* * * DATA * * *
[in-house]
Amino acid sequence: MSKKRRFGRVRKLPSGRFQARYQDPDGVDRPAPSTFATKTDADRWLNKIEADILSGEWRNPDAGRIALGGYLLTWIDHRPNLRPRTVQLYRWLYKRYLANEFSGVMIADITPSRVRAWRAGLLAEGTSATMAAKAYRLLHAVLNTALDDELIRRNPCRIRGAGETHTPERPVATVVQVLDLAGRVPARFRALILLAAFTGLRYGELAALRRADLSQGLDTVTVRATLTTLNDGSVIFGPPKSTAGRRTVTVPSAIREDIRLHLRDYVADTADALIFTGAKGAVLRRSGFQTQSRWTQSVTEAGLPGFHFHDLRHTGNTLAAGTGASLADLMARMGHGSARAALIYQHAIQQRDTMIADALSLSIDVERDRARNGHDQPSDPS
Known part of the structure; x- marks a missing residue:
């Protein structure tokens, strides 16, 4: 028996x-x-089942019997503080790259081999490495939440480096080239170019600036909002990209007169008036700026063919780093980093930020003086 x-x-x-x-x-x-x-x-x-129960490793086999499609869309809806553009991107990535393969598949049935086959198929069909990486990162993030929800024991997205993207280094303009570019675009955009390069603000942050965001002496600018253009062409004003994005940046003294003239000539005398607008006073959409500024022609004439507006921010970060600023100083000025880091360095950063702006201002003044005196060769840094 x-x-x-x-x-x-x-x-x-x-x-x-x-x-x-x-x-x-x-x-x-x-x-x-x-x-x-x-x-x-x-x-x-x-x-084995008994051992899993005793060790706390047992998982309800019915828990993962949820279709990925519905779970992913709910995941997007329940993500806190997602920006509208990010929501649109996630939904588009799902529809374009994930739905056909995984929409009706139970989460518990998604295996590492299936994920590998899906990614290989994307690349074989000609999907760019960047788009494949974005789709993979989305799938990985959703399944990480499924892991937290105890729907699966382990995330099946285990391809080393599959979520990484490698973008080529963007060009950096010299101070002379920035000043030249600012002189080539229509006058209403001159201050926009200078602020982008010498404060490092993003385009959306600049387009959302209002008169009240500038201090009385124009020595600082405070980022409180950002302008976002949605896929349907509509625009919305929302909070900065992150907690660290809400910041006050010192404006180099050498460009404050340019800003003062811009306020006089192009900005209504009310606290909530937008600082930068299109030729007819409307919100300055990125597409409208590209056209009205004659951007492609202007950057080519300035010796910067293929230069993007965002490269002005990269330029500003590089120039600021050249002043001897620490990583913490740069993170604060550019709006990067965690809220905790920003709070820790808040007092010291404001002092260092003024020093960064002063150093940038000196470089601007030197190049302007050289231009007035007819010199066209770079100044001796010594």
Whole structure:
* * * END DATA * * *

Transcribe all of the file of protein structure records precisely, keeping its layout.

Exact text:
[in-house]
Amino acid sequence: MSKKRRFGRVRKLPSGRFQARYQDPDGVDRPAPSTFATKTDADRWLNKIEADILSGEWRNPDAGRIALGGYLLTWIDHRPNLRPRTVQLYRWLYKRYLANEFSGVMIADITPSRVRAWRAGLLAEGTSATMAAKAYRLLHAVLNTALDDELIRRNPCRIRGAGETHTPERPVATVVQVLDLAGRVPARFRALILLAAFTGLRYGELAALRRADLSQGLDTVTVRATLTTLNDGSVIFGPPKSTAGRRTVTVPSAIREDIRLHLRDYVADTADALIFTGAKGAVLRRSGFQTQSRWTQSVTEAGLPGFHFHDLRHTGNTLAAGTGASLADLMARMGHGSARAALIYQHAIQQRDTMIADALSLSIDVERDRARNGHDQPSDPS
Known part of the structure; x- marks a missing residue:
């Protein structure tokens, strides 16, 4: 028996x-x-089942019997503080790259081999490495939440480096080239170019600036909002990209007169008036700026063919780093980093930020003086 x-x-x-x-x-x-x-x-x-129960490793086999499609869309809806553009991107990535393969598949049935086959198929069909990486990162993030929800024991997205993207280094303009570019675009955009390069603000942050965001002496600018253009062409004003994005940046003294003239000539005398607008006073959409500024022609004439507006921010970060600023100083000025880091360095950063702006201002003044005196060769840094 x-x-x-x-x-x-x-x-x-x-x-x-x-x-x-x-x-x-x-x-x-x-x-x-x-x-x-x-x-x-x-x-x-x-x-084995008994051992899993005793060790706390047992998982309800019915828990993962949820279709990925519905779970992913709910995941997007329940993500806190997602920006509208990010929501649109996630939904588009799902529809374009994930739905056909995984929409009706139970989460518990998604295996590492299936994920590998899906990614290989994307690349074989000609999907760019960047788009494949974005789709993979989305799938990985959703399944990480499924892991937290105890729907699966382990995330099946285990391809080393599959979520990484490698973008080529963007060009950096010299101070002379920035000043030249600012002189080539229509006058209403001159201050926009200078602020982008010498404060490092993003385009959306600049387009959302209002008169009240500038201090009385124009020595600082405070980022409180950002302008976002949605896929349907509509625009919305929302909070900065992150907690660290809400910041006050010192404006180099050498460009404050340019800003003062811009306020006089192009900005209504009310606290909530937008600082930068299109030729007819409307919100300055990125597409409208590209056209009205004659951007492609202007950057080519300035010796910067293929230069993007965002490269002005990269330029500003590089120039600021050249002043001897620490990583913490740069993170604060550019709006990067965690809220905790920003709070820790808040007092010291404001002092260092003024020093960064002063150093940038000196470089601007030197190049302007050289231009007035007819010199066209770079100044001796010594």
Whole structure: